The tyranny of majority: An unavoidable weakness of democracy

By Sheryl Christine

As a young girl, I wished I had the power to solve pressing Kenyan issues. But as I grew up, I realised that the world I wanted to fight for didn’t have my interest at heart. This country is like a whirlwind that has met a volcano because “even in the wild animal and human world we’re chased out there’s not out or in here for us”. Why did the world let the Universal Declaration of Human Rights be violated? If we’re not fighting an invasion from wild animals, bandits, terrorists, or illicit brew, we’re all facing hard economic times, high tax imposition, high varsity fees, extra-judicial killing, corruption, or drought. Seems like everything in this country is rationed.

“The harshest tyranny is that acts under the protection of legality and the banner of justice”, Montesquieu. Kenya has had a history of tyrant leaders since 1963, with several waves of protests and demonstrations. In the 1980s and 1990s, for example, pro-democracy activists organised mass protests against the authoritarian government of the late President Daniel arap Moi. More recently, there have been protests over issues such as corruption, high cost of living, finance bills and electoral fraud. Maybe it’s about time lovers of liberty, human rights activists and Kenyan opposition adopted a model of civil resistance to a government, diverting from democracy towards a quasi-authoritarian system of governance like Israel.

All these could damage for a country, leading to the breakdown of trust between citizens and their government and democratic institutions. Some of the effects of tyranny of the majority during the protest are human rights violations, including torture, imprisonment and unlawful detention of the opposition leaders and extrajudicial killings, something that some of us have experienced or seen innocent kids killed, injured, or teargassed in their safe space.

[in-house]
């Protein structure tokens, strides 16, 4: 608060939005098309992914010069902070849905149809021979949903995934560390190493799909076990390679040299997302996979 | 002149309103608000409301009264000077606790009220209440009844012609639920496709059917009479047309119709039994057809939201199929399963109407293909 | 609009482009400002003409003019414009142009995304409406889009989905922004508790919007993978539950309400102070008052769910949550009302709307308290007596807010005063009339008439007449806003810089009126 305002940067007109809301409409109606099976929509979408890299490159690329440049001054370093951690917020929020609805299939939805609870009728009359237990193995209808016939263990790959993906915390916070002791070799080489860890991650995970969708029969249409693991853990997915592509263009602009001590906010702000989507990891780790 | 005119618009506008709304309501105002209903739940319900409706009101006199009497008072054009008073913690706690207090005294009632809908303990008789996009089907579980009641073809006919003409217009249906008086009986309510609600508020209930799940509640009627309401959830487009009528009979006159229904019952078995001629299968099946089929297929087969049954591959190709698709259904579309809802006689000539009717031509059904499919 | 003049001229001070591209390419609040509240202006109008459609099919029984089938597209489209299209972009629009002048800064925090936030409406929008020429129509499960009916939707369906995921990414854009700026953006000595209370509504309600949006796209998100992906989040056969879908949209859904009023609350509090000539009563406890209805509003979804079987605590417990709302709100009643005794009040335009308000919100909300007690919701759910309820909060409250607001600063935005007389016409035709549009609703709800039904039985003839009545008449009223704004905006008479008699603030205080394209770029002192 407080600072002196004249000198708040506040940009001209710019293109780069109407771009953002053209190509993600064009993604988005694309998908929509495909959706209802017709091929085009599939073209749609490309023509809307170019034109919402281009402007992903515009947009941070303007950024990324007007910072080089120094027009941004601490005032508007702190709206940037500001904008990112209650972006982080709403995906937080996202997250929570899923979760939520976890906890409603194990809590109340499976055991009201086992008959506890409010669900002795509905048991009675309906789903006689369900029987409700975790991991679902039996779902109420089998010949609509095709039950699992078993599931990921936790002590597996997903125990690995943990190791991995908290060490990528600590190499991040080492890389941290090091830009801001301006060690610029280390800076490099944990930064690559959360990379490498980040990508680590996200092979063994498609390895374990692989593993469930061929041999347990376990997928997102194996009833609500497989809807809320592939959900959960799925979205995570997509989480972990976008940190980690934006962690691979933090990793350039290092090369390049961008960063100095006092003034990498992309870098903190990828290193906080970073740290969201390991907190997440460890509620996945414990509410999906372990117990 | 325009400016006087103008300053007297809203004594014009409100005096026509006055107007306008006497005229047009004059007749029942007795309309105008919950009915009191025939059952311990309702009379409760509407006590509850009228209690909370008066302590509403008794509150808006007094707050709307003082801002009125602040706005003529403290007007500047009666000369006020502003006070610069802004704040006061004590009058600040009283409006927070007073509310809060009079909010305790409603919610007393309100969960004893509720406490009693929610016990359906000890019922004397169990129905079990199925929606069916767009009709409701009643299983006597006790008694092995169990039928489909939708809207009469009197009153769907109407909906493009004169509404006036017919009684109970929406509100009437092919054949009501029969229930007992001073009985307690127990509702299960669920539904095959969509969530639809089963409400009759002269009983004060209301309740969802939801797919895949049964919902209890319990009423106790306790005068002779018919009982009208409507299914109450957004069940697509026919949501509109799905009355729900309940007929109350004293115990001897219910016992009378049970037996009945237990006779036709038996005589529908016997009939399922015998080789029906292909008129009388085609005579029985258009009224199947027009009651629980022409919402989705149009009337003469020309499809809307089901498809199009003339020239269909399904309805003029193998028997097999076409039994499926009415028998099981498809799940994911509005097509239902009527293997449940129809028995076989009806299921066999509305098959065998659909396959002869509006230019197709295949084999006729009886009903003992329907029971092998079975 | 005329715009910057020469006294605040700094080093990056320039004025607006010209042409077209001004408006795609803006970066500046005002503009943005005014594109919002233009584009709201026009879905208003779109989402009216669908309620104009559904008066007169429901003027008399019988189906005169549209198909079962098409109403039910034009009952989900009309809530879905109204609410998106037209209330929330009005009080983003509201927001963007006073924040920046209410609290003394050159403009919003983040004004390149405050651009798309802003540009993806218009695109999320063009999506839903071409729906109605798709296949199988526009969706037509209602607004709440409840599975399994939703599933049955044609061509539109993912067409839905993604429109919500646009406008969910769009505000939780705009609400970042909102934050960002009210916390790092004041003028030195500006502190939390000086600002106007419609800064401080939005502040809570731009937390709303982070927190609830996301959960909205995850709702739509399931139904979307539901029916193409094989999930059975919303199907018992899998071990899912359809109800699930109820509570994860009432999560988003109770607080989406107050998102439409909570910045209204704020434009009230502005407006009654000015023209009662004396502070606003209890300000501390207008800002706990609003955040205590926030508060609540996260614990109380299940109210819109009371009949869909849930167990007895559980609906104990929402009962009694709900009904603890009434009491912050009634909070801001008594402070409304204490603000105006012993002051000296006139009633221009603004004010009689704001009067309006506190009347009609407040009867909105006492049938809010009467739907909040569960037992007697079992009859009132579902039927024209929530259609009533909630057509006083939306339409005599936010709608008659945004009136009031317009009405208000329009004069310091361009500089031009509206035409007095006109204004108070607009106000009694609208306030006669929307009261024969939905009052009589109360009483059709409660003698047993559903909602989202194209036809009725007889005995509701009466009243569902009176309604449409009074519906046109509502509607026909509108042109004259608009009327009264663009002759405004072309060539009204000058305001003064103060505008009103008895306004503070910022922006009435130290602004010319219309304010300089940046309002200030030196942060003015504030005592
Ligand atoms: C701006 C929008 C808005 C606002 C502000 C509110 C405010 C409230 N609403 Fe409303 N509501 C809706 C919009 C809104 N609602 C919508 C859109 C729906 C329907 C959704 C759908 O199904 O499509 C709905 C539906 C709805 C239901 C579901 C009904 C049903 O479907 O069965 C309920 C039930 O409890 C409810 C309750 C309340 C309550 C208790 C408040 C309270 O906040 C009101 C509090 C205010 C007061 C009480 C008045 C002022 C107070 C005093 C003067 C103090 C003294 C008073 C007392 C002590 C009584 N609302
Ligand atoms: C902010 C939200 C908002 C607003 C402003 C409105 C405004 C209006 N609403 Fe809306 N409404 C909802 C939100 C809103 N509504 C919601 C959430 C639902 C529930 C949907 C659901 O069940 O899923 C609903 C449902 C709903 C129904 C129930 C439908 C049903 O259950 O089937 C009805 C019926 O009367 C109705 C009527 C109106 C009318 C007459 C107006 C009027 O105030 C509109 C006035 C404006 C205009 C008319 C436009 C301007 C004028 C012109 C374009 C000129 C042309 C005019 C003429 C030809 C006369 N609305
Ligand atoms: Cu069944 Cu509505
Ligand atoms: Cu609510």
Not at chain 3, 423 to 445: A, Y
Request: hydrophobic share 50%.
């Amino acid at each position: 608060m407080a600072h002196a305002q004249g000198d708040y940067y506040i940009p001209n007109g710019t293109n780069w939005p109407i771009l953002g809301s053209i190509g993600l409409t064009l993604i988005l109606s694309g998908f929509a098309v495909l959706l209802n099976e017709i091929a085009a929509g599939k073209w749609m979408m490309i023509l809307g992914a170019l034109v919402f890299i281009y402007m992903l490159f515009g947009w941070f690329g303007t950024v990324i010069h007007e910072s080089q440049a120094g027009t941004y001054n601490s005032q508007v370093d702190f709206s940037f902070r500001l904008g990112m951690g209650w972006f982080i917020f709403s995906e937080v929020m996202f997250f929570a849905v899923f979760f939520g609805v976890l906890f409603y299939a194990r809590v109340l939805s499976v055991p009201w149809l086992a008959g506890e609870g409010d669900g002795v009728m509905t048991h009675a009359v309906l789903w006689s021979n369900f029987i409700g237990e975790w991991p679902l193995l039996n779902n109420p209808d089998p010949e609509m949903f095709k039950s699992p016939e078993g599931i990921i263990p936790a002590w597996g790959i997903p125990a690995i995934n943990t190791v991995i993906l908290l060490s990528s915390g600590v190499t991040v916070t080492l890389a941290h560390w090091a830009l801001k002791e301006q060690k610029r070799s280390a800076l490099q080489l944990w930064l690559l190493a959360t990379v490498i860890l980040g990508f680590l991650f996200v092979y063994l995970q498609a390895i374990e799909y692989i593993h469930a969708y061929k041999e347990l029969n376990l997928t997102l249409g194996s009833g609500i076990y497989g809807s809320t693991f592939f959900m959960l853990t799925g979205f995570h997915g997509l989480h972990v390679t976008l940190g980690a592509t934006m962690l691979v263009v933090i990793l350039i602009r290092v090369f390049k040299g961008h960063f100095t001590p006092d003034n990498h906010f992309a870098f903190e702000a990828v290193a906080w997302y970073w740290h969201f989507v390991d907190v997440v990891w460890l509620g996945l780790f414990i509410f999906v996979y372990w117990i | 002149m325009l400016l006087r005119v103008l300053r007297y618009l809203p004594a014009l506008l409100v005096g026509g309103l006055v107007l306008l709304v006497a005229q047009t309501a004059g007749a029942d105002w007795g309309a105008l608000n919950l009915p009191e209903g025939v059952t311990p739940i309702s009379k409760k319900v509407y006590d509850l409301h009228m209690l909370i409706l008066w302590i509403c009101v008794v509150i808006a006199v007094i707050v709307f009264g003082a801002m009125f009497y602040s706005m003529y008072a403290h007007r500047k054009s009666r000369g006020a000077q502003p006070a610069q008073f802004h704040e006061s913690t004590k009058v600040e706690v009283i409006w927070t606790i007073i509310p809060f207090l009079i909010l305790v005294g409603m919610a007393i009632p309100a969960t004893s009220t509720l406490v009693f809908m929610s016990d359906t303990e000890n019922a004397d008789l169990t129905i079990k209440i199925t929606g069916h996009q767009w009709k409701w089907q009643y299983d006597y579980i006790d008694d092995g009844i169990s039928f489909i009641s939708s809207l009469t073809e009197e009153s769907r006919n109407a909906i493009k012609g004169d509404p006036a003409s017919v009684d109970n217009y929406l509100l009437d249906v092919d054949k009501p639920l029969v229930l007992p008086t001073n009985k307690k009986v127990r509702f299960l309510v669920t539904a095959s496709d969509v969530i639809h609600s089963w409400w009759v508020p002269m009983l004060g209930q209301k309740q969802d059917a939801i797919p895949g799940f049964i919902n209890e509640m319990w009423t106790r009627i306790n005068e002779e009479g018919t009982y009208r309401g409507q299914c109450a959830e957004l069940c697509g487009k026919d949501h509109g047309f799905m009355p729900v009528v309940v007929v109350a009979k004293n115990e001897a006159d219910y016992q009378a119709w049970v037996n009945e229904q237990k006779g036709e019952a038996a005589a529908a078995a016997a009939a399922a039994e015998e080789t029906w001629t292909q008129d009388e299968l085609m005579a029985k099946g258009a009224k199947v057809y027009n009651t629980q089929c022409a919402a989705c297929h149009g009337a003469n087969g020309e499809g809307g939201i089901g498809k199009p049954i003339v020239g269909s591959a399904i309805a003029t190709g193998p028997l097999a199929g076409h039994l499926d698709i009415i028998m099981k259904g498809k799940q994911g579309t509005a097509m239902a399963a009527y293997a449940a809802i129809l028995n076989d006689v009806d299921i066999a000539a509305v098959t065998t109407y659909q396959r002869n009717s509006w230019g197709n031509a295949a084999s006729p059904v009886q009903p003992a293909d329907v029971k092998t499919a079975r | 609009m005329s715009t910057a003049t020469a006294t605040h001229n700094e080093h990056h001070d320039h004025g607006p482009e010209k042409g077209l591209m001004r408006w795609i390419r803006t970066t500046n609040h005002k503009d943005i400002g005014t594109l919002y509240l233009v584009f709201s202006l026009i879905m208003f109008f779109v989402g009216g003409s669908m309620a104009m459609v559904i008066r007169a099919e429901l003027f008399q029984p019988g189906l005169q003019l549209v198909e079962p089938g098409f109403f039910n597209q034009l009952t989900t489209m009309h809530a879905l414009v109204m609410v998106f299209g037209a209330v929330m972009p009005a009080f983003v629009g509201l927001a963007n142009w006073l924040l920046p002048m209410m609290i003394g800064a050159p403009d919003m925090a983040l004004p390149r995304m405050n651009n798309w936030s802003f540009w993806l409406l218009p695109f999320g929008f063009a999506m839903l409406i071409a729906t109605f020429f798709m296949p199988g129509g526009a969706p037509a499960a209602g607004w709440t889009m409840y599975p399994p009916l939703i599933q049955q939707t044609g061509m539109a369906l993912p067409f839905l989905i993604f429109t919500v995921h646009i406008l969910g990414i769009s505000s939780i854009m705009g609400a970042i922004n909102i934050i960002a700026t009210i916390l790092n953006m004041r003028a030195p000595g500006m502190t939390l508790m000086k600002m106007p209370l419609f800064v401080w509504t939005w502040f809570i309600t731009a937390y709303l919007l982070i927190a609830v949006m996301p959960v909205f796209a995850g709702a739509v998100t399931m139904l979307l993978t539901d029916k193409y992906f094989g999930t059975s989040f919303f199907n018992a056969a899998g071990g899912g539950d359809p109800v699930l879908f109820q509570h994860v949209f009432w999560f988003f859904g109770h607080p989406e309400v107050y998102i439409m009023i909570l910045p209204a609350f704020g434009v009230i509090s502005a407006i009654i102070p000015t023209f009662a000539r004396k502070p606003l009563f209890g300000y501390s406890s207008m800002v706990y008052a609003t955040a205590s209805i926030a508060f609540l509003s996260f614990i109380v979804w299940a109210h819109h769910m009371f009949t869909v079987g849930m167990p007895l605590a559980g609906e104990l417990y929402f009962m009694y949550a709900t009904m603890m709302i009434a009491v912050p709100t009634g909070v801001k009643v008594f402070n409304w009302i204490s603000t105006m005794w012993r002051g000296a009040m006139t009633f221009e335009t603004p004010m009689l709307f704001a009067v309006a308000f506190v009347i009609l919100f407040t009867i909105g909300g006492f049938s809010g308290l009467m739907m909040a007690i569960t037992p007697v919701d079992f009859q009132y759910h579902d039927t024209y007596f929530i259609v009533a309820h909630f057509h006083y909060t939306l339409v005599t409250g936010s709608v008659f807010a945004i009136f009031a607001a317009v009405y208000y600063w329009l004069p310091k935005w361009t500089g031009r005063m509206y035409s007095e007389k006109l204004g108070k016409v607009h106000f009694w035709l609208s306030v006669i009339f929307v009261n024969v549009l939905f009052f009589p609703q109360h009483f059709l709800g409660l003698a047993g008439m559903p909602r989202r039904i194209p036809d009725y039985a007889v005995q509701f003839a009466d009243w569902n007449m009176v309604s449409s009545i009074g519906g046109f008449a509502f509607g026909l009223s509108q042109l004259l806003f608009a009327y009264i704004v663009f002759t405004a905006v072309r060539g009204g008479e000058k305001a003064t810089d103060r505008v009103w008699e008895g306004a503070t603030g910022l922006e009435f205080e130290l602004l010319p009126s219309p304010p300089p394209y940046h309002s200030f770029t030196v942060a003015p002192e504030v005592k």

Frequent and continuous demonstrations: The demonstrations have had a significant impact on daily life in Kenya, with disruptions to transportation, education, commerce, and other aspects. While most protests have been peaceful, there have been some instances of violence and clashes with police. The government’s response to the protests has been mixed, with some officials acknowledging the need for reform while others have taken a more hideous approach.

Similarly, corruption and abuse of power: The Kenyan police has a history of repressive response to peaceful protest, with interventions by police characterised by death, serious injuries, indiscriminate use of force, abuse of firearms, unlawful arrest and detention under the pretext of “maintaining law and order, leading to the formation of the apolitical front that has led to death, tribal rift, and loss of properties and maiming,  driving a further wedge between the people and the rulers.

Political instability and unrest: When the tyranny of the majority uses its power to suppress the voices and rights of the minority in the streets, it creates alienation, resentment, and distrust within the citizens, since there’s no recourse or safe space to address their grievance. Additionally, this can undermine the legitimacy of democratic institutes and the social fabric, “Undugu”, which we always embraced as Kenyans.